Acid has a complex cultural legacy. One of its great condtradictions lies in the fact that it provided the youth of the West with a Door into a re-animated cosmos - a world of mystical rather than rational connections and significances. Yet there is no purer product of the rational scientific edifice - LSD came from a laboratory, not an ashram. As Mark Dery points out in his book Escape Velocity, the hippie appropriation of the slogan Better Living Through Chemicals was layered with irony - the notion of enlightenment in a pill was as much a product of technocratic capitalism as it was a reaction against it. In tandem with this, LSD produced a kitsch iconography of kaleidoscopes and sitars, much of which had very little to do with the actual experience itself. (In more recent times, what the trobbing bargain bin techno of psytrance has to with the psychedelic experience will always be a mystery to me.)
But if LSD didn't, contrary to popular expections, make everything beautiful overnight in any kind of lasting way, it crept slowly into the collective bloodstream, mutating twenieth century culture in a variety of subtle, incremental ways. LSD re-invigorated a notion of William James - that everyday consciousness was not the totality of reality, but rather a form of reductive valve that simply made that reality easier to navigate and survive in. For a variety of musicians, writers, artists, and future Silicone Valley visionaries, acid opened up a variety of other channels that the brain could be tuned to - a multiplicity of exotic frequencies that differed in every regard to the base-level signals of survival, status, and compeition that normally predominate in our civilisation. So this day, 71 years ago, can be envisioned as a mutation of the medium of consciousness, as something akin to the movies becoming talkies - or, more aptly, the monochrome of Kansas giving way to the technicolour of Oz.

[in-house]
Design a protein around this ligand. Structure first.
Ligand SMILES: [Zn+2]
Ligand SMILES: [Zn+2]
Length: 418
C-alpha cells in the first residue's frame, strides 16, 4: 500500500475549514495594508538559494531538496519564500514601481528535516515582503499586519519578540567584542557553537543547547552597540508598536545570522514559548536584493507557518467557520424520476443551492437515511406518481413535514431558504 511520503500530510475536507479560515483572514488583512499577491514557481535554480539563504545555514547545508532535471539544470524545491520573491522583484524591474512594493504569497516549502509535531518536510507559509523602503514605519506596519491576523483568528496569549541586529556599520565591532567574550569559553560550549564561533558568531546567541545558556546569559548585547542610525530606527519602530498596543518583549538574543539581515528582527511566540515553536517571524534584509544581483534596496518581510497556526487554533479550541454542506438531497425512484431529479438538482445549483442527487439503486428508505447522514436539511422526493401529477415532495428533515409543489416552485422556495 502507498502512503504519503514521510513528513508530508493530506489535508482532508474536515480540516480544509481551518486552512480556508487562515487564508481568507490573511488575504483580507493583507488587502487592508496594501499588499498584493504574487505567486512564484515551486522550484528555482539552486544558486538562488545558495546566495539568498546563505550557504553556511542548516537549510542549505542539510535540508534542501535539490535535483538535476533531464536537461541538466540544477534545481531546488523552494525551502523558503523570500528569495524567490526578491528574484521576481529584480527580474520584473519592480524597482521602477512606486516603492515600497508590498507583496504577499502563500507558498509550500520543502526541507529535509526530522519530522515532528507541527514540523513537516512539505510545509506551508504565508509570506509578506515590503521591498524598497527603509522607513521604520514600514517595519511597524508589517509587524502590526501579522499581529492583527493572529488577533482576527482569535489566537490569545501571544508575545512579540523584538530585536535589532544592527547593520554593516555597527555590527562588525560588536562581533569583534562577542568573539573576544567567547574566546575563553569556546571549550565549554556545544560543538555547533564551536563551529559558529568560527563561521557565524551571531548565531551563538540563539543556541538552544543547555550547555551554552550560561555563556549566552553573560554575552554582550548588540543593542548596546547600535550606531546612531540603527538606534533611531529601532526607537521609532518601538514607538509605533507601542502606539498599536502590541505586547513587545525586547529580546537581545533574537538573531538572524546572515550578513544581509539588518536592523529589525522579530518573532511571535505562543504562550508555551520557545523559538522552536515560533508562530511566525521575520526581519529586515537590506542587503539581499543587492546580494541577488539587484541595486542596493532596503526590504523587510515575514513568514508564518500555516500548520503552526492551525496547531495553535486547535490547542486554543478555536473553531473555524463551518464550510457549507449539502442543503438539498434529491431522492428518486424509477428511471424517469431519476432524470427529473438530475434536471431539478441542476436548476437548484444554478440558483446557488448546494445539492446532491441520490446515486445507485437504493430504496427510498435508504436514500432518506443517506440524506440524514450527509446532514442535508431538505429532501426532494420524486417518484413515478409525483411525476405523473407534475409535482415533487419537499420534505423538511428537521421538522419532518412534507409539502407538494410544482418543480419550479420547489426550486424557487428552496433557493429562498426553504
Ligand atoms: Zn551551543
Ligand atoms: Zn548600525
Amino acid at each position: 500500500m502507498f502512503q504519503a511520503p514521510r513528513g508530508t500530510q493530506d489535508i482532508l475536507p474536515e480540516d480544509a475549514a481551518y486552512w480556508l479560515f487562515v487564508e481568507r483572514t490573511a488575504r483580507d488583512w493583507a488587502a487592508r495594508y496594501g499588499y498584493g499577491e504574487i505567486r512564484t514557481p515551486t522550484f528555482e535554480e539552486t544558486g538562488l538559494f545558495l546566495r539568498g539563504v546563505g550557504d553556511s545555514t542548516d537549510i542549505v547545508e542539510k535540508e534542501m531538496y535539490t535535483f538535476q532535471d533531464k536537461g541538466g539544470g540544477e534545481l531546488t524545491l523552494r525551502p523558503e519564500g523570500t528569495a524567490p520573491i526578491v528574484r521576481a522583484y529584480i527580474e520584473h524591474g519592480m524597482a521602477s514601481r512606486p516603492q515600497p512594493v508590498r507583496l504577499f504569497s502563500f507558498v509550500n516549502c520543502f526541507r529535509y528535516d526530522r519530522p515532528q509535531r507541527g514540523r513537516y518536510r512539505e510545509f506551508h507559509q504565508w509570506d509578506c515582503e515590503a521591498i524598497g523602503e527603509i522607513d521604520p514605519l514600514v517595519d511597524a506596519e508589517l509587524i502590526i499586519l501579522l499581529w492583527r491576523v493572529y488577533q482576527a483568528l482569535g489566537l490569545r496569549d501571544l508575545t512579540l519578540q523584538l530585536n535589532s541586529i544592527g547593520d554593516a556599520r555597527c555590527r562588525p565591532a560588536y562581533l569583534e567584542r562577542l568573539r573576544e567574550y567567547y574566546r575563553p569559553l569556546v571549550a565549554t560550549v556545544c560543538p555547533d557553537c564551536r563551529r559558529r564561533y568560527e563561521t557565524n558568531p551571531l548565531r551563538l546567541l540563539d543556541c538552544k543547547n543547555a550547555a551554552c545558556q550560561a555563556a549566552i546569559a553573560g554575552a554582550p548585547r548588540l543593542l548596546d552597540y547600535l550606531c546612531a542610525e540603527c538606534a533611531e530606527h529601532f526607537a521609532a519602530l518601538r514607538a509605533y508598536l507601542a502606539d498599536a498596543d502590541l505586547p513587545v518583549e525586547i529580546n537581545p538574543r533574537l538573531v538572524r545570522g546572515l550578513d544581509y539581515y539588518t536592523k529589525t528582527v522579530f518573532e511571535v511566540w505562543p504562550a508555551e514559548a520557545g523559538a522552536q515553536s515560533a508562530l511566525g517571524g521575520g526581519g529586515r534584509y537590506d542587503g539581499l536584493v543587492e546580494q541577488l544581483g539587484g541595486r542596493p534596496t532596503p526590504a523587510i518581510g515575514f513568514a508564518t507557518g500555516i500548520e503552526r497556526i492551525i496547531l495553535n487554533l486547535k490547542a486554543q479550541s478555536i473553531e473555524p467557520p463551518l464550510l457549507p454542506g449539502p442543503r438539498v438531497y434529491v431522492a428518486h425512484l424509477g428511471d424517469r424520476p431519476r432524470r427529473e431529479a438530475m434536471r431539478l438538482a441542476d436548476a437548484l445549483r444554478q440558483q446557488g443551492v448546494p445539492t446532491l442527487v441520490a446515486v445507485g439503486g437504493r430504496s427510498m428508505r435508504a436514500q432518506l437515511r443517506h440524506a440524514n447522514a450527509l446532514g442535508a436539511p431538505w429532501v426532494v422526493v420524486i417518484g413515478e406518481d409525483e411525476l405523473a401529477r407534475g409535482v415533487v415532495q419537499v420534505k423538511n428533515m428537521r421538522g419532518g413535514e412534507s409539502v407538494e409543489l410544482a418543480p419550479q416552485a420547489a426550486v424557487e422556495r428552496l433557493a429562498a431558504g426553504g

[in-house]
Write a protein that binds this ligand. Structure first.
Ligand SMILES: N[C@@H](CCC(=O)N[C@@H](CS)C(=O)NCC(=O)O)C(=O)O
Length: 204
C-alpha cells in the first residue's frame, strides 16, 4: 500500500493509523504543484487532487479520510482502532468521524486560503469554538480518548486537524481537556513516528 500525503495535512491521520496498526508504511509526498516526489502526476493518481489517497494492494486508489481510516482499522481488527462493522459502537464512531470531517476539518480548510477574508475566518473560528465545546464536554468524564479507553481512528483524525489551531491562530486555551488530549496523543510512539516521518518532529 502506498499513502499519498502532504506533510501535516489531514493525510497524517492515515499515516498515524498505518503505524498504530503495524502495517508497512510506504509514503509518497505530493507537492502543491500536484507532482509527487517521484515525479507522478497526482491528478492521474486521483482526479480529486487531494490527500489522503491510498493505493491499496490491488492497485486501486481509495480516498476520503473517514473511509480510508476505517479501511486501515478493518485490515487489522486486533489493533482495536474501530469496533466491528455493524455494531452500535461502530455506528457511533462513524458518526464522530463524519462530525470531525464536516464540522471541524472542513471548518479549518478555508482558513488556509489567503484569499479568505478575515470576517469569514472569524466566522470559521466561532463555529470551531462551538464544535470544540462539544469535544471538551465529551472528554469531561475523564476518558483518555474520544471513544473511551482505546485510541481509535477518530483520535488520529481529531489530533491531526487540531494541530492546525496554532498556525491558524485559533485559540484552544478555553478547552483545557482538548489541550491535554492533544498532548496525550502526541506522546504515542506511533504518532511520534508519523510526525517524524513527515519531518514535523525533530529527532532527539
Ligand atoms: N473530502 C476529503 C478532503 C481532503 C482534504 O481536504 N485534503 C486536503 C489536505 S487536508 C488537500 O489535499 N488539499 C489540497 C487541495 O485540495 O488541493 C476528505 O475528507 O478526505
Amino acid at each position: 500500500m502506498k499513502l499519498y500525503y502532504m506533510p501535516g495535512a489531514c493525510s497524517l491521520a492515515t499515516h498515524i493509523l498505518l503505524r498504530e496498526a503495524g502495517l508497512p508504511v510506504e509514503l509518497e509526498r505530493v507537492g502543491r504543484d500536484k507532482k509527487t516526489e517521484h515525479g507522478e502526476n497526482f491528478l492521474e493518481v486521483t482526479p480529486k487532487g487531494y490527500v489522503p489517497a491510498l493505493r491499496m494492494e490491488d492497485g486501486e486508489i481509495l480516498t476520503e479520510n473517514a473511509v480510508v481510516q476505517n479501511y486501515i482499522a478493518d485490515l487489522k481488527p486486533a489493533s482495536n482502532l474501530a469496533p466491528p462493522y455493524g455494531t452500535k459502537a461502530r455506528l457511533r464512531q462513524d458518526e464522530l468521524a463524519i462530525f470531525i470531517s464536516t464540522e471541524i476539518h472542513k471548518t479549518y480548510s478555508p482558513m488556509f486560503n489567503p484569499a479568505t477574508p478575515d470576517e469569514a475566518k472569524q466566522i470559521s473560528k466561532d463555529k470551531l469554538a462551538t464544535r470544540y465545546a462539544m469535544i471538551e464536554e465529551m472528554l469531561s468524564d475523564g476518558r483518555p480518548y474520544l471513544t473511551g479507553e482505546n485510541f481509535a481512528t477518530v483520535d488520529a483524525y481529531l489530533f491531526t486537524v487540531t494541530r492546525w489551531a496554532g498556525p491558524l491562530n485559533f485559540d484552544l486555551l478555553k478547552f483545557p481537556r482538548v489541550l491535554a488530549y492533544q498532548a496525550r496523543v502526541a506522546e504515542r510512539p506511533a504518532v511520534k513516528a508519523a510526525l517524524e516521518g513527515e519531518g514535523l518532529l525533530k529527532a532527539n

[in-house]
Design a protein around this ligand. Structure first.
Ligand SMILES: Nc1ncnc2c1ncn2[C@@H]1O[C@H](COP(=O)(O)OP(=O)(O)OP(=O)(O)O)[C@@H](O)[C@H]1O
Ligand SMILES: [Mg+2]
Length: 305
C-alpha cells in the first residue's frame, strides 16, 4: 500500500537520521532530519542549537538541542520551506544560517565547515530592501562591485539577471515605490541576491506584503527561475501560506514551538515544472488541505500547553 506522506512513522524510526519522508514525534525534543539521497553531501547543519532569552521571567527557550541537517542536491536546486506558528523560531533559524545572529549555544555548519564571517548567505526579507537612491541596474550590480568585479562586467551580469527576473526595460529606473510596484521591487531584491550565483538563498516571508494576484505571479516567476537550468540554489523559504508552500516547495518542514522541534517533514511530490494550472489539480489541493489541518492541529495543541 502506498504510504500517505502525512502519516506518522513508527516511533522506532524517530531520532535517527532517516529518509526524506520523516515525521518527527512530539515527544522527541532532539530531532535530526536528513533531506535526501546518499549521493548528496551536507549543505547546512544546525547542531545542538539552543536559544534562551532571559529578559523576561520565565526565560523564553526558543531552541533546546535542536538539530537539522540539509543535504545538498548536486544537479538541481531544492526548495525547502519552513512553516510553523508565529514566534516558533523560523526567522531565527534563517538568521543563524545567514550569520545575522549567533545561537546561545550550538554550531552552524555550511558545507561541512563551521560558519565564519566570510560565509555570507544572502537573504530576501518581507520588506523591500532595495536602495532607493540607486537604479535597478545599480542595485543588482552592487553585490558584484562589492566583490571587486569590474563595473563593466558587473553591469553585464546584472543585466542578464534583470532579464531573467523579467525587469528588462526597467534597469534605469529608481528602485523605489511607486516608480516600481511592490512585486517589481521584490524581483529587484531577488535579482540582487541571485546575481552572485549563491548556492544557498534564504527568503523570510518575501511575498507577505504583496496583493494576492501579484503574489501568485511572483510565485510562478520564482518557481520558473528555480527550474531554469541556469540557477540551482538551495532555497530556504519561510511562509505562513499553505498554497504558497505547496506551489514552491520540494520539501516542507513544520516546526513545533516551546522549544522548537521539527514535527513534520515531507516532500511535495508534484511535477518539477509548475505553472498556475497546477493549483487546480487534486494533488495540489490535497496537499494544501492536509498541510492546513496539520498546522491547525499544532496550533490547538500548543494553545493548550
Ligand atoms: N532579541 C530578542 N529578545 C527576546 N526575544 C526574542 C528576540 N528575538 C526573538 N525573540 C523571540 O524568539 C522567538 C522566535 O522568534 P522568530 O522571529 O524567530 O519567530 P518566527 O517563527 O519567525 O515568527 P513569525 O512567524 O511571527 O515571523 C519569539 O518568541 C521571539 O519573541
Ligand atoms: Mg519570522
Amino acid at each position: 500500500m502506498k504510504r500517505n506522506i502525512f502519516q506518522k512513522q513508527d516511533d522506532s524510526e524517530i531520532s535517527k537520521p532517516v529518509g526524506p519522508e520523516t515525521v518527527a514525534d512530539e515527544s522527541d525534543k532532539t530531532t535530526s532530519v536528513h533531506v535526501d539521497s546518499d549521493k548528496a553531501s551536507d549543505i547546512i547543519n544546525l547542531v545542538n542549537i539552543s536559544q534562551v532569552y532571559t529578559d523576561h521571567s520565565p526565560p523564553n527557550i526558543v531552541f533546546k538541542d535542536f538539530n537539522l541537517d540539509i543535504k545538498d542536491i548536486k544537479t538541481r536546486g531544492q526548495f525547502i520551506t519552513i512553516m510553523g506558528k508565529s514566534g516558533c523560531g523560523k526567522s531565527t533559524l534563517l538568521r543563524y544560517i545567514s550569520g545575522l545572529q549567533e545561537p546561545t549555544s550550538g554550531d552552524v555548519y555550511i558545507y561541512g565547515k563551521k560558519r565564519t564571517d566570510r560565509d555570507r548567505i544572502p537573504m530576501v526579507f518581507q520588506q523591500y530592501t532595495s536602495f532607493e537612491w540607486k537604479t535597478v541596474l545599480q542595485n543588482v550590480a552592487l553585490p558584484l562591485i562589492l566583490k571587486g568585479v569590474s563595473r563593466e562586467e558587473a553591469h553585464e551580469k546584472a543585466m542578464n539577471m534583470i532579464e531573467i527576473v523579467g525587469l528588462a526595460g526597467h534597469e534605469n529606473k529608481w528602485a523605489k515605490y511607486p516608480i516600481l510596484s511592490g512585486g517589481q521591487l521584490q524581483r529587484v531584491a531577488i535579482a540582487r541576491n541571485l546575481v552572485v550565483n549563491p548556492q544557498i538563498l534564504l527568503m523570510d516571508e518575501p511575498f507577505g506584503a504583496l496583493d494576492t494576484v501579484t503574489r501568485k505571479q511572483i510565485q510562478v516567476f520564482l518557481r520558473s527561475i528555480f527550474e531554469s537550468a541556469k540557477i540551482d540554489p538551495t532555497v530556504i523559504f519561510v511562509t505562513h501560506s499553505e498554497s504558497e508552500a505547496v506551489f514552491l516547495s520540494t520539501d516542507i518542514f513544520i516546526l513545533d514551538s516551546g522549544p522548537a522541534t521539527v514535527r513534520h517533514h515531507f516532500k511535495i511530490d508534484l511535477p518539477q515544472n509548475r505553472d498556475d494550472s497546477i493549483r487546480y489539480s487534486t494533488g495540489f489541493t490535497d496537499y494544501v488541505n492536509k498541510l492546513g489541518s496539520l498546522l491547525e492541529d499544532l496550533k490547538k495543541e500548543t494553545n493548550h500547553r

Boing Boing celebrated the birthday with a wonderful audio visual piece by Larry Carlson, which can be seen here. Linked to that was another Carlson piece, which, in the interests of synchronisity, I feel compelled to post here. The Great One gets around: